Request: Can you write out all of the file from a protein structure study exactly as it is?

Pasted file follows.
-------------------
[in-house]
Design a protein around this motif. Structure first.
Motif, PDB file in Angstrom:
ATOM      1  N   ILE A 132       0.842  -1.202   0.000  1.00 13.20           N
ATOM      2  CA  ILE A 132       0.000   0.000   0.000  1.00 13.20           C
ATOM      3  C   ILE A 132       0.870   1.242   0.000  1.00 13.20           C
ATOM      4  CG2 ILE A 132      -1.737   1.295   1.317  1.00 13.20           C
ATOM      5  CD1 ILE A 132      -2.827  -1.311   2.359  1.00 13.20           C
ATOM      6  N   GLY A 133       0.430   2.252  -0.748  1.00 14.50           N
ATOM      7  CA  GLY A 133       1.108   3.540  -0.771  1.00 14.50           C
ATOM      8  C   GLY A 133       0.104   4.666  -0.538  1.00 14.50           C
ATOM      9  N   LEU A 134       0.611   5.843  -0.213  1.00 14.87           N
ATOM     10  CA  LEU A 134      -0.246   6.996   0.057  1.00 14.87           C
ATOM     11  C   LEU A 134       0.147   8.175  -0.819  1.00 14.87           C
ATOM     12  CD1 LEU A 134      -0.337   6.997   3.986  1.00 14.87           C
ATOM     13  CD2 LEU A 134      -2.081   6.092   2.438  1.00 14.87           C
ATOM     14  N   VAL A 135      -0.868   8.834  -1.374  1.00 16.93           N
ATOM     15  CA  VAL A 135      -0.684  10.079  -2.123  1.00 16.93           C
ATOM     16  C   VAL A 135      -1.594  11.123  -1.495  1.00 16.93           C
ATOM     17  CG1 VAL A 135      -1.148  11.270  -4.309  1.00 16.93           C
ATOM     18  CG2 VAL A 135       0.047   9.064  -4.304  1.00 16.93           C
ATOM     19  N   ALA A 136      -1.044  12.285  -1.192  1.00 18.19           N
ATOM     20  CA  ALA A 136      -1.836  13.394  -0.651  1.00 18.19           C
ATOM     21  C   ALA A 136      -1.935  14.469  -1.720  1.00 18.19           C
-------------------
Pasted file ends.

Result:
[in-house]
Design a protein around this motif. Structure first.
Motif, PDB file in Angstrom:
ATOM      1  N   ILE A 132       0.842  -1.202   0.000  1.00 13.20           N
ATOM      2  CA  ILE A 132       0.000   0.000   0.000  1.00 13.20           C
ATOM      3  C   ILE A 132       0.870   1.242   0.000  1.00 13.20           C
ATOM      4  CG2 ILE A 132      -1.737   1.295   1.317  1.00 13.20           C
ATOM      5  CD1 ILE A 132      -2.827  -1.311   2.359  1.00 13.20           C
ATOM      6  N   GLY A 133       0.430   2.252  -0.748  1.00 14.50           N
ATOM      7  CA  GLY A 133       1.108   3.540  -0.771  1.00 14.50           C
ATOM      8  C   GLY A 133       0.104   4.666  -0.538  1.00 14.50           C
ATOM      9  N   LEU A 134       0.611   5.843  -0.213  1.00 14.87           N
ATOM     10  CA  LEU A 134      -0.246   6.996   0.057  1.00 14.87           C
ATOM     11  C   LEU A 134       0.147   8.175  -0.819  1.00 14.87           C
ATOM     12  CD1 LEU A 134      -0.337   6.997   3.986  1.00 14.87           C
ATOM     13  CD2 LEU A 134      -2.081   6.092   2.438  1.00 14.87           C
ATOM     14  N   VAL A 135      -0.868   8.834  -1.374  1.00 16.93           N
ATOM     15  CA  VAL A 135      -0.684  10.079  -2.123  1.00 16.93           C
ATOM     16  C   VAL A 135      -1.594  11.123  -1.495  1.00 16.93           C
ATOM     17  CG1 VAL A 135      -1.148  11.270  -4.309  1.00 16.93           C
ATOM     18  CG2 VAL A 135       0.047   9.064  -4.304  1.00 16.93           C
ATOM     19  N   ALA A 136      -1.044  12.285  -1.192  1.00 18.19           N
ATOM     20  CA  ALA A 136      -1.836  13.394  -0.651  1.00 18.19           C
ATOM     21  C   ALA A 136      -1.935  14.469  -1.720  1.00 18.19           C